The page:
State Sen. Scott Jensen, a practicing physician, took to Facebook just before midnight on Nov. 18 to share his thoughts on Gov. Tim Walz’s newest COVID-19 restrictions.
“I’m beginning to conclude that this isn’t about fairness or even reasonableness,” Jensen said.
He shared an email he received from a parent of a student, explaining that students have been following masking, social distancing, and quarantine rules, yet sports are still being taken away from them. He read from the email, “We’ve even heard stories about kids naming other kids they didn’t like, just to make them have to quarantine.”
Jensen brought up the fact that Grand Casino has open bar service every day until 1 a.m., yet high school athletes are unable to play sports.
“If you want to play roulette and blackjack, it’s okay, but if you’re a high school athlete, too bad for you. And if you learn best in face-to-face contact with teachers, that’s too bad, too,” Jensen said.
“Minnesotans, we’re at a precarious place. This doesn’t make sense,” he went on to say. He said the virus will not be “squashed” with rules like the ones currently in place, which allow casinos to remain open for business and let professional sports teams host games, while high school students can’t go to school or participate in sports.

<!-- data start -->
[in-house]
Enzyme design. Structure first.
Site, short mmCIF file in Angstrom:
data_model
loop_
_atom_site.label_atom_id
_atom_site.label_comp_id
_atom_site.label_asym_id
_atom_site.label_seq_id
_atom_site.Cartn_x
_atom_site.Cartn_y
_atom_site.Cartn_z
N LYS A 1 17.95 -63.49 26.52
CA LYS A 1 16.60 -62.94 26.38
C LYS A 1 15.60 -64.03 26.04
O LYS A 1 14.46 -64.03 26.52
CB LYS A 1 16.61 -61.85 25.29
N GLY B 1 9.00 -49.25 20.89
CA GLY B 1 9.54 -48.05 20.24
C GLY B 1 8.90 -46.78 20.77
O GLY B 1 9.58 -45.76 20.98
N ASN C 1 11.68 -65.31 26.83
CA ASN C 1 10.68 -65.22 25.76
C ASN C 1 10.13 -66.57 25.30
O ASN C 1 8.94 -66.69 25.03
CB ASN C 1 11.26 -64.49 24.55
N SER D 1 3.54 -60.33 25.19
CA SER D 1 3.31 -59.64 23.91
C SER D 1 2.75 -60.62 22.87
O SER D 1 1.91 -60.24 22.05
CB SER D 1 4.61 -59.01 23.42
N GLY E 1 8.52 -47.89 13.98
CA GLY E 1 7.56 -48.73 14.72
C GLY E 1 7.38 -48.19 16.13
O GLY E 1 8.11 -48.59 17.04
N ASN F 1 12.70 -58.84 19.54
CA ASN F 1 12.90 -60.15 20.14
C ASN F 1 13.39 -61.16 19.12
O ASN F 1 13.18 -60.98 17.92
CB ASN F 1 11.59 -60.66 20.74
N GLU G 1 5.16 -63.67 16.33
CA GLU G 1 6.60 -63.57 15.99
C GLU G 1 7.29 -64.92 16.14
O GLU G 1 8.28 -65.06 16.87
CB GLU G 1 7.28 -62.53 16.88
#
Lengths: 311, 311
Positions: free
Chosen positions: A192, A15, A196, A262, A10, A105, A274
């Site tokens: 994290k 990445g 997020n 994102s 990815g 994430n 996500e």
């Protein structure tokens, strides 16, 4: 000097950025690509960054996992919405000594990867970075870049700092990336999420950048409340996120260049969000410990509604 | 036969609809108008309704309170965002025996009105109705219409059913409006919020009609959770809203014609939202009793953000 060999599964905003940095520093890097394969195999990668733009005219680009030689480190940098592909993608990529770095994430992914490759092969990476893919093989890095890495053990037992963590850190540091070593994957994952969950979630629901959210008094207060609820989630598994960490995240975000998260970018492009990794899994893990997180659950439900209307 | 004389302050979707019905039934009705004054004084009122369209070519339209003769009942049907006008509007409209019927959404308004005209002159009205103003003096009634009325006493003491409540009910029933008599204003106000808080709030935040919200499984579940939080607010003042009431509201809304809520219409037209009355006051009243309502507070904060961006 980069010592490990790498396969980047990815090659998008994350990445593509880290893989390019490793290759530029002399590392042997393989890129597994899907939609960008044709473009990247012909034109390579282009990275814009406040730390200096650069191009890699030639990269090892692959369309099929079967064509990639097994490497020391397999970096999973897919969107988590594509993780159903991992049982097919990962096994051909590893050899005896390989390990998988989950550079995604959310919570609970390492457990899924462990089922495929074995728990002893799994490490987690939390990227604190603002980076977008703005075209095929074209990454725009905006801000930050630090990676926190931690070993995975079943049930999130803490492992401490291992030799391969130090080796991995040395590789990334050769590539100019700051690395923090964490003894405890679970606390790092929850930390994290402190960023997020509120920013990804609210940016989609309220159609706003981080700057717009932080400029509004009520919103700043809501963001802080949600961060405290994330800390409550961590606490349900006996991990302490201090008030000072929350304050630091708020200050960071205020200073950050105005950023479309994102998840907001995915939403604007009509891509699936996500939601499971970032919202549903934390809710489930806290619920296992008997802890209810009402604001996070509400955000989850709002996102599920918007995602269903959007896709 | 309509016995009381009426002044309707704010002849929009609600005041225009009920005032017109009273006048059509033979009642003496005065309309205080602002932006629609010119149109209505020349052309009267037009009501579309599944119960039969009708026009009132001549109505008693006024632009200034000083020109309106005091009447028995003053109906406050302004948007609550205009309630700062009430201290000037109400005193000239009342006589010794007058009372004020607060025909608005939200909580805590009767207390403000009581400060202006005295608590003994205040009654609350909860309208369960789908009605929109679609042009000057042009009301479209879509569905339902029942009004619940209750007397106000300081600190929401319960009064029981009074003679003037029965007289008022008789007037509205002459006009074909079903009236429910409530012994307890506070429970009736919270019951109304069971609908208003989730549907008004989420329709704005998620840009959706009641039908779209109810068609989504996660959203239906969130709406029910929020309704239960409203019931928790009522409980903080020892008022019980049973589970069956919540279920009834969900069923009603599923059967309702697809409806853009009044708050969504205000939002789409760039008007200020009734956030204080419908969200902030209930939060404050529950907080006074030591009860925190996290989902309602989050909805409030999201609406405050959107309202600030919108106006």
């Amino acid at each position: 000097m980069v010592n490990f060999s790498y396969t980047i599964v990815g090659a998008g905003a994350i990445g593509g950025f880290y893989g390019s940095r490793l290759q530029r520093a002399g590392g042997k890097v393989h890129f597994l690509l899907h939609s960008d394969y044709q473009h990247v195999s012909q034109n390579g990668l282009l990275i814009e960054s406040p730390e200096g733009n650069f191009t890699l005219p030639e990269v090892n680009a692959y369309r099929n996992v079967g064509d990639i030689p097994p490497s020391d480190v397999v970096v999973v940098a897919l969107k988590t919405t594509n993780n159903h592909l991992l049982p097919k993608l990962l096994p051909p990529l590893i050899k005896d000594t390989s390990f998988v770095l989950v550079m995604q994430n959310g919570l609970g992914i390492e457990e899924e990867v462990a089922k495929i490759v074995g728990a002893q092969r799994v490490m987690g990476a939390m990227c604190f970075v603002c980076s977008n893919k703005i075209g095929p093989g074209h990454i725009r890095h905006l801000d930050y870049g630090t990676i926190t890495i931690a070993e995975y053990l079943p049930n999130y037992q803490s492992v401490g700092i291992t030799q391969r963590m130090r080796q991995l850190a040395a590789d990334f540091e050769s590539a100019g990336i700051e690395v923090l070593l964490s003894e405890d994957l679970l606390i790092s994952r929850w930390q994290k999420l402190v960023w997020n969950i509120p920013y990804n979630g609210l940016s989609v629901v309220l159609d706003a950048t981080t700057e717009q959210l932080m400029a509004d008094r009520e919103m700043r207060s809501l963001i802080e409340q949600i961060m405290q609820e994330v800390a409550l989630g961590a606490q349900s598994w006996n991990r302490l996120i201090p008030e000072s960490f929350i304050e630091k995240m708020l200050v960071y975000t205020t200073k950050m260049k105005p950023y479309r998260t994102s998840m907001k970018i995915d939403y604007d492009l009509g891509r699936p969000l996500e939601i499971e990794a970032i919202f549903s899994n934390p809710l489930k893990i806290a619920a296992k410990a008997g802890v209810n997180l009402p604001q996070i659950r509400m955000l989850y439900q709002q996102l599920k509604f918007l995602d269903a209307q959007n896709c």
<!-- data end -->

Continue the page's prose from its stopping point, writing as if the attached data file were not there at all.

“This is why Supreme Court Justice Samuel Alito said last week, ‘The pandemic has resulted in previously unimaginable restrictions on individual liberty. Freedom of speech is at risk of becoming a second-tier constitutional right … We’ve never before seen restrictions as severe, extensive, and prolonged as those experienced for most of 2020,’” Jensen said, quoting from Alito’s recent Federalist Society speech.
Jensen also pointed to California Gov. Gavin Newsom, who blatantly disobeyed his own rules by attending indoor dinner parties with 10 or more people.
“This is not about being a Democrat or Republican or Independent. This is (about) being alarmed at what is going on. Be alarmed,” Jensen said. “Try to think outside the box that you might be living in. Try not to be totally captivated by some sort of group thinking echo-chamber. You should be alarmed.”
Lastly, Jensen said if there is anything he has learned about Walz’s policies, it is that they “are not about fairness. They are about reacting, they are about pandering, but it sure isn’t about being fair.”